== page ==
TUESDAY, AUGUST 26, 2014
Looking ahead to the next unbearable race: Hillary Clinton has too much money! Mitt Romney strapped his dog to the roof of his car!
Candidate Gore is the world’s biggest liar! He perspires too much, like Nixon!
It’s official! Next Tuesday, we’ll be starting our award-winning series, “The Houses of Journalist County.” The series represents our reaction to the press corps’ deep concern, expressed in June and July, that the Clintons 1) get paid too much for speeches and 2) own way too many houses, more specifically two.
Back in June, Diane Sawyer kick-started this heartfelt theme—she of the $80 million reported net worth. As the Washington Post turned this theme into the press corps’ latest cartoon, we decided to take a look at the way our big “journalists” live!
In our award-winning series, we’ll explore three or four different themes. We’ll review the wealth of a few journalistic leaders, especially as seen through the lens of their various “cottages.” We’ll also be asking a basic question:
What kind of journalism can we expect from people who live as they do?
For comic relief, we’ll explore the ways these multimillionaires try to convince us the rubes that they’re really just like us. For a recent sample of this art form, see Parade Magazine’s profile of Meredith Vieira, which appeared last Sunday.
“I want people to see the real me,” Vieira says on the hard-copy cover. Inside, and in a few other profiles, we find a few of the most laughable cons we’ve ever seen from a major celebrity journalist.
In our new series, we’ll also discuss an interesting strain of modern journalism. Over perhaps a dozen years, a few daring scribes critiqued the “buckraking” which produces the modern journalist’s wealth.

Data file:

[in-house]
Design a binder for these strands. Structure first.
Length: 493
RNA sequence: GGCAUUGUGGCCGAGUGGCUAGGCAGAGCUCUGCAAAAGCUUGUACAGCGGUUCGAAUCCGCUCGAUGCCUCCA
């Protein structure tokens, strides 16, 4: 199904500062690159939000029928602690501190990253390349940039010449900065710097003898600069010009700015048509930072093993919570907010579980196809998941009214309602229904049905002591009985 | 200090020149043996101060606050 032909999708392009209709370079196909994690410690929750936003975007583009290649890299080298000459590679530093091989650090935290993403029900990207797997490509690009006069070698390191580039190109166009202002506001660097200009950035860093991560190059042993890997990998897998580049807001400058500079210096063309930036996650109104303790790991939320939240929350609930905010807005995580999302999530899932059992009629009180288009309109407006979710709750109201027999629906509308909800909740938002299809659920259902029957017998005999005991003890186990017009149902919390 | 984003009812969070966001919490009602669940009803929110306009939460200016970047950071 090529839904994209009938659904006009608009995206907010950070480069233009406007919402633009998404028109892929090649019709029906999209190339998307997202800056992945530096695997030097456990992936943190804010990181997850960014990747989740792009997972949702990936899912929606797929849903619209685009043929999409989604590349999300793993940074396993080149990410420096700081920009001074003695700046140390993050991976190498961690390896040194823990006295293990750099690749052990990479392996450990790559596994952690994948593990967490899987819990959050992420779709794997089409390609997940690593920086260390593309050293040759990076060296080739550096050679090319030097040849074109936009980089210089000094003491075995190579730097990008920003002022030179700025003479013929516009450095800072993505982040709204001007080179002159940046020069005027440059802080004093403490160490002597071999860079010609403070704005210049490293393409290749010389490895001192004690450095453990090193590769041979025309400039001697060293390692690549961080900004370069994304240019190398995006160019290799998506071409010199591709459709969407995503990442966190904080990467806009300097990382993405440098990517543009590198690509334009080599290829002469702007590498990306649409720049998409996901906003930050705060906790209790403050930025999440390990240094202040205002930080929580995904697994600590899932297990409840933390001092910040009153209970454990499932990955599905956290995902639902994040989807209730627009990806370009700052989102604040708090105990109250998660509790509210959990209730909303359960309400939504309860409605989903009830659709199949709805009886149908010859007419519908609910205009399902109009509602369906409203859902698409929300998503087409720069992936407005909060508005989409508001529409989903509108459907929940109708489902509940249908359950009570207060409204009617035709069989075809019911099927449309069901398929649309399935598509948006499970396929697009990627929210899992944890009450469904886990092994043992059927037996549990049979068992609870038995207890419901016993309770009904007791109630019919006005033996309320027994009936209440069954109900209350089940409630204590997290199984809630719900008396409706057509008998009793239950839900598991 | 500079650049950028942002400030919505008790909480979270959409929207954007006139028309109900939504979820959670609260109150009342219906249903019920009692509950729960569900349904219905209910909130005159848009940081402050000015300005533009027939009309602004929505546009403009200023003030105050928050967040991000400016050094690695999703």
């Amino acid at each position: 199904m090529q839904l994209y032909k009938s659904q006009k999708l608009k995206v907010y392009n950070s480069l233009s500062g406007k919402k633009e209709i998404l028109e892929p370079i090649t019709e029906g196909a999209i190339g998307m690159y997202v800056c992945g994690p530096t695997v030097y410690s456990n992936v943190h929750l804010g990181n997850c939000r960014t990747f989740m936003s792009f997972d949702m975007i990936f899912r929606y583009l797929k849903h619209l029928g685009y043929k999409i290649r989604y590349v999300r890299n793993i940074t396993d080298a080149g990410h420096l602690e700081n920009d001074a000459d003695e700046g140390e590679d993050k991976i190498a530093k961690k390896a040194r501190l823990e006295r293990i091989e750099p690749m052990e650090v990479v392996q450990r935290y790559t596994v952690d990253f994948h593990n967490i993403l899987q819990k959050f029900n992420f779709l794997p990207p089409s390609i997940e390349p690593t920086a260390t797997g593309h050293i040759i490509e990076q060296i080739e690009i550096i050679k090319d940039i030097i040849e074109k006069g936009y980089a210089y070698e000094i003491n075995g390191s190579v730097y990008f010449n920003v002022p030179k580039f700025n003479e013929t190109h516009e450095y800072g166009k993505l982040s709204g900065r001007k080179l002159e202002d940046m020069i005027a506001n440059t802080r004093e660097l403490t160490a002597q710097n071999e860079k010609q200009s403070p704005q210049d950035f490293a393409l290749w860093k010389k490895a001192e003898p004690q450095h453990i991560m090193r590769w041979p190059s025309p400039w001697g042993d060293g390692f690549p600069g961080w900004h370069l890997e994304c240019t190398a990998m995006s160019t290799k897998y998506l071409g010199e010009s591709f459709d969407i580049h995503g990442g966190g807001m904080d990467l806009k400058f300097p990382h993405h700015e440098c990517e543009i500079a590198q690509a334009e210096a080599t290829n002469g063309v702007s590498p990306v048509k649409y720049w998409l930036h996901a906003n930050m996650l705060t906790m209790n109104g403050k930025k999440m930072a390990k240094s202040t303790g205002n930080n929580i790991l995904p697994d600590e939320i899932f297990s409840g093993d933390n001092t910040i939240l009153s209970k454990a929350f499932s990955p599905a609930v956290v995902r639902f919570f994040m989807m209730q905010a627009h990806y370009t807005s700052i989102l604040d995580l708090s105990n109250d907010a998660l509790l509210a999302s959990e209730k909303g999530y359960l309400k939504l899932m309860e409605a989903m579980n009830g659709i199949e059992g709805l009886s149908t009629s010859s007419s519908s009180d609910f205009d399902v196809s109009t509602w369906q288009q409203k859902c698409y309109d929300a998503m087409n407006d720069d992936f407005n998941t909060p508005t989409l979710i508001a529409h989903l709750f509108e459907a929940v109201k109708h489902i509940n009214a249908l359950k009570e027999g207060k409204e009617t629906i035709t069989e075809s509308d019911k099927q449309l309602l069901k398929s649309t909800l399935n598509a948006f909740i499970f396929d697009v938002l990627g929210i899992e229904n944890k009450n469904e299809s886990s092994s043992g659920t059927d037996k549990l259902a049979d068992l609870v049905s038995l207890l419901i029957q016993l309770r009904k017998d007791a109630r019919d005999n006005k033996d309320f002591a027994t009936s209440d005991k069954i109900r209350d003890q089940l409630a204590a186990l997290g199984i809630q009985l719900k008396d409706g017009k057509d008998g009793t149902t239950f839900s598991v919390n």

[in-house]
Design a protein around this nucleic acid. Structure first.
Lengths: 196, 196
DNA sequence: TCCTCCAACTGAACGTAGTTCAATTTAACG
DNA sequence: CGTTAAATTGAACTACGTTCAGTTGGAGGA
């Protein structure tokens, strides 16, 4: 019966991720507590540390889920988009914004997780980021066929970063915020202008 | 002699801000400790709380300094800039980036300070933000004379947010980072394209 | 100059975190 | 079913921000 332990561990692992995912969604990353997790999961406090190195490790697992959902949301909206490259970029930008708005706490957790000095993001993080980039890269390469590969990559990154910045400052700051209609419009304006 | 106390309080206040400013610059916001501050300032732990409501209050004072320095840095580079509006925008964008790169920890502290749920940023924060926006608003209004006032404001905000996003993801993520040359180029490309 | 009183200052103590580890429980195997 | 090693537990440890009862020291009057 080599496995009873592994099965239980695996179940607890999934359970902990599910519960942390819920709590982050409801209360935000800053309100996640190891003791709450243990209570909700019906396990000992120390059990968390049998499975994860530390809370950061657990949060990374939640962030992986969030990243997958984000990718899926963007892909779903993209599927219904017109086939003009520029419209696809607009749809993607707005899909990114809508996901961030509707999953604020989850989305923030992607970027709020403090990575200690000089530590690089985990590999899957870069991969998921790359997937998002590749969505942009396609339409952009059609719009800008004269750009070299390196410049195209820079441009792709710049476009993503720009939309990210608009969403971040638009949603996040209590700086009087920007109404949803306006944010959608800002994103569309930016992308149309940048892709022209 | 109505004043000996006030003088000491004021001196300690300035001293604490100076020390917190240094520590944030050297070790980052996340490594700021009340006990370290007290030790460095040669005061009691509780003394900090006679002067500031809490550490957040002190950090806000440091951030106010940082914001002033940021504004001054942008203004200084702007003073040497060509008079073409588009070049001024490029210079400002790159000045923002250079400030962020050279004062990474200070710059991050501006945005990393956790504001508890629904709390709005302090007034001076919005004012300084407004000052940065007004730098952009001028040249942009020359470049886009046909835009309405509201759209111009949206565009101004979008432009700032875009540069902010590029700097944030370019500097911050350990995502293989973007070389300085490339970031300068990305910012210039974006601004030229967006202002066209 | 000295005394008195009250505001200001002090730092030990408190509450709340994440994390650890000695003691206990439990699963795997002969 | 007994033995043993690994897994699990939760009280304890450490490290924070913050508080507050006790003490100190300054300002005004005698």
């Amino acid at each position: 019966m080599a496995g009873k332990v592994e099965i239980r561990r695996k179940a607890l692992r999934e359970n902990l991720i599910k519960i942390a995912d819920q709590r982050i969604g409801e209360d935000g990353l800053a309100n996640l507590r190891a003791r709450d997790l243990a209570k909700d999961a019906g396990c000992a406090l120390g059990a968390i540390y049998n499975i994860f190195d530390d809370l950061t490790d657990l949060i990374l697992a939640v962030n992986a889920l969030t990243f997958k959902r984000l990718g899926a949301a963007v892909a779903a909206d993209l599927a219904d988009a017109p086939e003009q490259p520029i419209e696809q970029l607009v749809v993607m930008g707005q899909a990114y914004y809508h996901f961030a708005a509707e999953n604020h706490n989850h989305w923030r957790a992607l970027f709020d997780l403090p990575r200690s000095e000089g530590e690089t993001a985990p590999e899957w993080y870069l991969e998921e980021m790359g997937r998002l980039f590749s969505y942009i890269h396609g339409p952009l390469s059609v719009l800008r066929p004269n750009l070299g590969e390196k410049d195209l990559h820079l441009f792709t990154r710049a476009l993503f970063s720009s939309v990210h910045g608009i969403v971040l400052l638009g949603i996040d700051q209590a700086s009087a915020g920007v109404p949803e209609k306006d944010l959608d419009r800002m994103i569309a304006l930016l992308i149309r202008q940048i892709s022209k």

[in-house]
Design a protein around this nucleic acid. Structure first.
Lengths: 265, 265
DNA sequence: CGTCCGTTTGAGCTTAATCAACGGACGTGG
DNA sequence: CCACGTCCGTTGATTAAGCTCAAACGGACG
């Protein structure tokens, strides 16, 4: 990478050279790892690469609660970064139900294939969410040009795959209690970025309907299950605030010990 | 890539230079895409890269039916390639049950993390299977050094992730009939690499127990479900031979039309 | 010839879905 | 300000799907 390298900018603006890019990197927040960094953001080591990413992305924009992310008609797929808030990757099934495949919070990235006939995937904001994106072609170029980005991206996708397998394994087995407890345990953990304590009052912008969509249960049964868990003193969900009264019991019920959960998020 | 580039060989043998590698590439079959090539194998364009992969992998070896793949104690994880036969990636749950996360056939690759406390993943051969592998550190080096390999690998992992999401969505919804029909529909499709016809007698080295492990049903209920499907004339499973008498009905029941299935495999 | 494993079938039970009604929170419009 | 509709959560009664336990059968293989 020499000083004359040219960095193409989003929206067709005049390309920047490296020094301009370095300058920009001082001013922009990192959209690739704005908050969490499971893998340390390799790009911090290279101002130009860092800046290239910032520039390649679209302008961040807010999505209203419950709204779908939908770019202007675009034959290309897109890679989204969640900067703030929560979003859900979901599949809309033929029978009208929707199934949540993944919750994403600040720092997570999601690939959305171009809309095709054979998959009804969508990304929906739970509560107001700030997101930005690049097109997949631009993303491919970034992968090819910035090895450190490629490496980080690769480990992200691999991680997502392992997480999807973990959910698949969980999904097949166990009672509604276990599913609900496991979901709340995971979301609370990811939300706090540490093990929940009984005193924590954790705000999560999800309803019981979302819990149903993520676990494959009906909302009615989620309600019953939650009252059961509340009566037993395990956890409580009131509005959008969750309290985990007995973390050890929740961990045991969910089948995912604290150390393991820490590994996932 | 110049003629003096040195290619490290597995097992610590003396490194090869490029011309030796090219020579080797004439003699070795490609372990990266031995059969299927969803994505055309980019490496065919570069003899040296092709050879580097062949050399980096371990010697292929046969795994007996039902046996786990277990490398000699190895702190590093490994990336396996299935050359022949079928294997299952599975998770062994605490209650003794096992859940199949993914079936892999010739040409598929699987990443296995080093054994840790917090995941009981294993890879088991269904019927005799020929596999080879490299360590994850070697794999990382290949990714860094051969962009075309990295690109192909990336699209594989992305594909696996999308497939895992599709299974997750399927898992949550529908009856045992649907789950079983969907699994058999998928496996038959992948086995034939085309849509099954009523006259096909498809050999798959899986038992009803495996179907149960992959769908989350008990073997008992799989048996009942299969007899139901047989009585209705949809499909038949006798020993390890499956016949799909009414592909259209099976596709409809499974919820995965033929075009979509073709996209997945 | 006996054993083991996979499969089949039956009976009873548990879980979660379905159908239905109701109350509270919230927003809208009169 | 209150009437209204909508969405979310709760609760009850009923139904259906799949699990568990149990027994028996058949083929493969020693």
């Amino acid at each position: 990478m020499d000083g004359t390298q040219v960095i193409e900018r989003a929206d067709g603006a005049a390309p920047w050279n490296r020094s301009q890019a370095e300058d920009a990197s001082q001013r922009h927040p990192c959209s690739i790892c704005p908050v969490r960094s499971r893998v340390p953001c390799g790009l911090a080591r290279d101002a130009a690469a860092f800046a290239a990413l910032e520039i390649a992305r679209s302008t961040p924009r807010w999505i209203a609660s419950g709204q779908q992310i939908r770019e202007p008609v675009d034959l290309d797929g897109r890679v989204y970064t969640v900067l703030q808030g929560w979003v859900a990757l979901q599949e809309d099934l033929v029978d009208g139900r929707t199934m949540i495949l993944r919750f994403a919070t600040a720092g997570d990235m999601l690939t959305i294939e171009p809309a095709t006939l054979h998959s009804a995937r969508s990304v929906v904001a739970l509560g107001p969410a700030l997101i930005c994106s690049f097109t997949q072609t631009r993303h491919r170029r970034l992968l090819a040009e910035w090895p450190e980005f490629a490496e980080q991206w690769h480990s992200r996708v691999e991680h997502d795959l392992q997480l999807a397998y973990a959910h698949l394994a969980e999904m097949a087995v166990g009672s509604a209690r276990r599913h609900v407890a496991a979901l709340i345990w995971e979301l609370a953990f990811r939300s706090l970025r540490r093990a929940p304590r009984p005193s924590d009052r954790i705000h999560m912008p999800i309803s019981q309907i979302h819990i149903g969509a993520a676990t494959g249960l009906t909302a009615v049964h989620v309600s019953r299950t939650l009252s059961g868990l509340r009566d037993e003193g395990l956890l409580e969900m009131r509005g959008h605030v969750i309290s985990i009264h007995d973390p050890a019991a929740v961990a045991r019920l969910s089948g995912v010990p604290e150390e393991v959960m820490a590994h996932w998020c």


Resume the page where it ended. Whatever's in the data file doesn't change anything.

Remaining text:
In our experience, Jacob Weisberg started this discussion in 1986. See his challenging piece for The New Republic, written when he was still just a lowly senior at Yale.
It’s a bit ironic that Weisberg started this thread. We say that because, in the present day, the gentleman seems to be firmly ensconced in The Houses of Journalist County.
We’d have to say it shows in his work, the very pitfall he discussed in the winter of 86. Having said that, we believe The Houses of Journalist County may pull “Jake” out of his rut!
Our current interest in this topic dates to the cartoon the Post began shaping about the Clintons’ vast wealth.
Don’t get us wrong—a candidate’s wealth can certainly be a legitimate point of concern. Nor is Hillary Clinton our idea of the ideal candidate.
That said, we began to worry about journalists’ wealth in the fall of 1999. It happened when Mary McGrory (and quite a few others) made a mockery of the first Gore-Bradley Democratic debate.
For the most part, the debate concerned the two candidates’ health care proposals. But so what? In the Washington Post, McGrory spent the better part of her next two columns mocking Gore’s funny clothes.
A speculation popped into our head. McGrory already had outstanding health care—and she didn’t seem to care if we the lesser folk do.
As the corps has become more rich, it has become more fatuous. We recommend Simon Malloy’s piece about Maureen Dowd’s latest cartoon.
(We’re recommending Salon!)
We aren’t crazy about Hillary Clinton either. But we reject the horrible Sawyer as the arbiter of the nation’s political judgments and choices. In the wake of Sawyer’s purring at Clinton about her deeply troubling wealth, the Washington Post began to construct the press corps’ latest campaign-ready cartoon.
Next week, we’ll start our deathless series on this award-winning topic. Starting tomorrow, we’ll briefly return to Rick Perlstein’s cartoon of Richard Nixon in Nixonland’s Chapter Two.
(For our previous post on the subject, just click here.)
The culture of cartooning has started to drive the coverage of our White House campaigns. Next week, we’ll examine the wealth which makes our “journalists” want to waste their time composing these stupid cartoons.
In the meantime, two books about Nixon help us see the way this kind of cartooning looks. A modern nation can’t run on cartoons.
Nor should its citizens want to.
A note about Nixonland: Perlstein’s book examines deeply important historical themes—themes which help define our politics right through the present day.
Nixonland explores extremely important themes, but it also includes a bizarre cartoon. It amazes us that Perlstein wanted to draw it.
We think the culture of such cartooning is toxic. Tomorrow, we’ll see how it looks.